Reliever Volatility, Bunting Desire, Stanton History, and Other Bullets

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Reliever Volatility, Bunting Desire, Stanton History, and Other Bullets

Analysis and Commentary, Chicago Cubs News

I’m not sure why last night’s game, specifically, really seemed to set people off, but I suppose it was the combination of a close loss with so many late missed opportunities, the fact that it came against a crummy team, the fact that it came a night after an offensive explosion, and the fact that the explosion came after feeling like the Cubs were turning yet another ever-elusive corner. Looking back, I guess I see it. But man, people were kind of over the top in the comments and on Twitter.

Not to make things more important than they are, but after some other national events of recent days, and after yesterday in particular, I just feel like exuding a little more positivity today. I think we could all stand to accept a little more of it.

The Cubs lost a crummy game that they had a number of chances to win. Most one-run losses feel like that, and all teams suffer one-run losses every year. Moving on.

  • As for the loss, I have seen Joe Maddon’s comments on why he had Javy Baez bunt in the 9th inning with two on and no outs, but I haven’t seen anything yet on why he elected not to have Tommy La Stella or Ian Happ bunt in the same situation the inning before. I am definitely not a pro-bunt guy, but Reds closer Raisel Iglesias is so brutal on righties that it changes the complexion of how you proceed in a one-run (and then two-run) game. So I was very much good with the Baez bunt, but I don’t understand why the bunt didn’t take place in the earlier inning, which could have set up much better matchups against Iglesias. Who am I? Asking for more bunts? I feel so dirty.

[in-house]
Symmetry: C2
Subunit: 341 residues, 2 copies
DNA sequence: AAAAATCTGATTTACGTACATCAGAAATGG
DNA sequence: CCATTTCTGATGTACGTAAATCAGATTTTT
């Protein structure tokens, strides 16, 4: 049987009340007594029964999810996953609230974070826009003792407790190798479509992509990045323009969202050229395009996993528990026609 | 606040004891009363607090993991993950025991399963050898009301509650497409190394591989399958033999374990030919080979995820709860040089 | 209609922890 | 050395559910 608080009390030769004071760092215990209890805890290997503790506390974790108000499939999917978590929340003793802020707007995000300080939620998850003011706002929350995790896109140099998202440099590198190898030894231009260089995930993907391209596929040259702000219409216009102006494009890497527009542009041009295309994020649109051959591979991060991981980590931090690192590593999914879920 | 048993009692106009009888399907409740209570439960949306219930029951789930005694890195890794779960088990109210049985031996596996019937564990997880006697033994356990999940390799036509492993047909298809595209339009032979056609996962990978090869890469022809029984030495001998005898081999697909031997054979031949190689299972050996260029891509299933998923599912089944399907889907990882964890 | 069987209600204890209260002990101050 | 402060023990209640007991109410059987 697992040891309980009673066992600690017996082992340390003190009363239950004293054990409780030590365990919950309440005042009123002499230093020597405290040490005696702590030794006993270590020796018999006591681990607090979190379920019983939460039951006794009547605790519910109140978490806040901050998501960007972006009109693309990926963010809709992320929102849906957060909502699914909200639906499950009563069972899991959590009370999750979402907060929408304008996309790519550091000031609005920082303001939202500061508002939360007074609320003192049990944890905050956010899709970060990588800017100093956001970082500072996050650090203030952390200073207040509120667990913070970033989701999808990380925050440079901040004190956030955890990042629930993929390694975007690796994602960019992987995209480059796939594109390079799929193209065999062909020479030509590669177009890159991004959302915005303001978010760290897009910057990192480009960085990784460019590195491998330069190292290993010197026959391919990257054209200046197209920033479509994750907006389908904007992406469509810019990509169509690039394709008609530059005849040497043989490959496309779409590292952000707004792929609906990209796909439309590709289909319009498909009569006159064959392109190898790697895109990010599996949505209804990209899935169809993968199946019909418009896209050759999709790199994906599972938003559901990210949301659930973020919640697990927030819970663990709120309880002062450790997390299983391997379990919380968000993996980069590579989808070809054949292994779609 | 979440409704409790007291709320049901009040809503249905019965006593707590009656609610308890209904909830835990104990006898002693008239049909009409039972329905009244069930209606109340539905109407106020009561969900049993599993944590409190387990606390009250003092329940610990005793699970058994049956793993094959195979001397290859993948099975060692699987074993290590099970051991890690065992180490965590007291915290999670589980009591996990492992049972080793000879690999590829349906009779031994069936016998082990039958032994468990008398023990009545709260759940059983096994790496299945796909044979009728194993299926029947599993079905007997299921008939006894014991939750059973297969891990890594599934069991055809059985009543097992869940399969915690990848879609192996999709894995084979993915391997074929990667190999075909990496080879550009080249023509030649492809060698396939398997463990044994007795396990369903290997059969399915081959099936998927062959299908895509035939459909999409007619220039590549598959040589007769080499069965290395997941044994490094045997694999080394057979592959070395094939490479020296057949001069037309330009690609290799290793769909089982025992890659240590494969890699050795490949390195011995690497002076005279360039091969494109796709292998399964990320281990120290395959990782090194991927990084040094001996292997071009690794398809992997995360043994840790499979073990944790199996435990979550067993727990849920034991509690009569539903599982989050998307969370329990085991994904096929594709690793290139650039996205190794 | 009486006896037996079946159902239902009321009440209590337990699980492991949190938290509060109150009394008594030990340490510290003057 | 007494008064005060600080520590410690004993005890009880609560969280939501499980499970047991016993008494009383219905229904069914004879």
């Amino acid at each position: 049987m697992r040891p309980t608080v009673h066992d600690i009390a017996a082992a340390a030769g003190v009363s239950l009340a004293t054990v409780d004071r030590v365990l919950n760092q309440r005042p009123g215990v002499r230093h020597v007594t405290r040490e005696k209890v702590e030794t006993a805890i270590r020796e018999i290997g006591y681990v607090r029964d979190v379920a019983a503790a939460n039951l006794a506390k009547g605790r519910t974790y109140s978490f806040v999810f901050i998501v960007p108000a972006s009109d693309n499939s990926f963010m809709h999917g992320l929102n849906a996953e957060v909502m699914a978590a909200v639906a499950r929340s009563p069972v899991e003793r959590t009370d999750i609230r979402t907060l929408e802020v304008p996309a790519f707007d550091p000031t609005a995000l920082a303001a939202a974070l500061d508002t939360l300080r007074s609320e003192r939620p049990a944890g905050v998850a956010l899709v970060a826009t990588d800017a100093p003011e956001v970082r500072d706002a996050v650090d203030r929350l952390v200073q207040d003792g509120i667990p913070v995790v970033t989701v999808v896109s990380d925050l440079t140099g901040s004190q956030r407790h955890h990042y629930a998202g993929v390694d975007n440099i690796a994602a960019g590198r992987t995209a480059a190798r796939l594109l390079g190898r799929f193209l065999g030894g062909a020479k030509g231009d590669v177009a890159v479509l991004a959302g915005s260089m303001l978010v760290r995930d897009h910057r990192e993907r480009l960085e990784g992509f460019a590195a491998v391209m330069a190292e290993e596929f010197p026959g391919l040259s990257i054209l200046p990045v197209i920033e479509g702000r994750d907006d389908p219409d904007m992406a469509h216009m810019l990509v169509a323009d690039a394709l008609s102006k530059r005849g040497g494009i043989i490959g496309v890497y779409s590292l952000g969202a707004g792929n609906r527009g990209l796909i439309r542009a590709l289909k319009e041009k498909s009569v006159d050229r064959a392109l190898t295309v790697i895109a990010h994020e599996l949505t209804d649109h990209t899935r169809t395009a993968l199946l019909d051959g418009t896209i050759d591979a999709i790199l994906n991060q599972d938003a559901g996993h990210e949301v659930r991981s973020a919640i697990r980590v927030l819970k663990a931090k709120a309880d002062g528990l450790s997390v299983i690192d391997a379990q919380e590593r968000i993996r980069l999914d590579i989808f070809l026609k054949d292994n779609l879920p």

• Well, it doesn’t sound like Addison Russell (strained muscle in foot, plantar fasciitis) will be back in time for the end of this home stand (CSN), which means he will have been out some three weeks before he might possibly return. And even that is not a sure thing.
  • Not to be lost in the loss, Carl Edwards Jr. was fire again:

  • Since his meltdown against the Nationals, when the cries to send him to AAA had grown nearly deafening, Edwards has thrown 3.2 perfect innings with six strikeouts. Maaaaaaybe relievers just go through ups and downs like every player, but the downs are magnified by the small samples and big moments?
  • As for Edwards, he admits that he lost his confidence during his bad stretch, even though he knew he was fine physically and felt good mentally (CSN). He just had to stick with it, keep going out there and being himself, and the results would follow.
(Photo by Jonathan Daniel/Getty Images)
  • Speaking of which, there can be no argument that Justin Wilson has been quite bad so far with the Cubs, but the guy has a long track record of high-level success stacked against five – FIVE – bad innings with the Cubs. I’m willing to give him just a little more leash before I call that one a disaster. Last night’s outing typifies how much noise there can be in a small sample for a reliever: Wilson gave up a run by way of a 3-2 walk with two borderline calls, a 74 mph double, and a 67 mph single. Then he struck out Joey Votto. The results were bad, but in terms of what he actually did – missed by a couple inches in one plate appearance, and then got weak contact and a strikeout – was it really bad?
  • This is the week that Joe Maddon forces his players to come late to the park (American Legion Week), which is an adjustment, especially for the younger players (ESPN). But it works to get guys extra rest, and maybe even get out of their own head a bit. Last night’s loss was the first during American Legion Week during Joe Maddon’s tenure (10-1, Muskat).
  • If Joey Votto reaches base twice today against the Cubs, he’ll tie Ted Williams for the longest streak of reaching base twice in a game (21 straight, set in 1948).
  • Giancarlo Stanton homered AGAIN last night, and he is doing something truly historic right now:

  • Yadi Molina grounded into one of the slowest triple plays ever:


Author: Brett Taylor

Brett Taylor is the Editor and Lead Writer at Bleacher Nation, and you can find him on Twitter at @BleacherNation and @Brett_A_Taylor.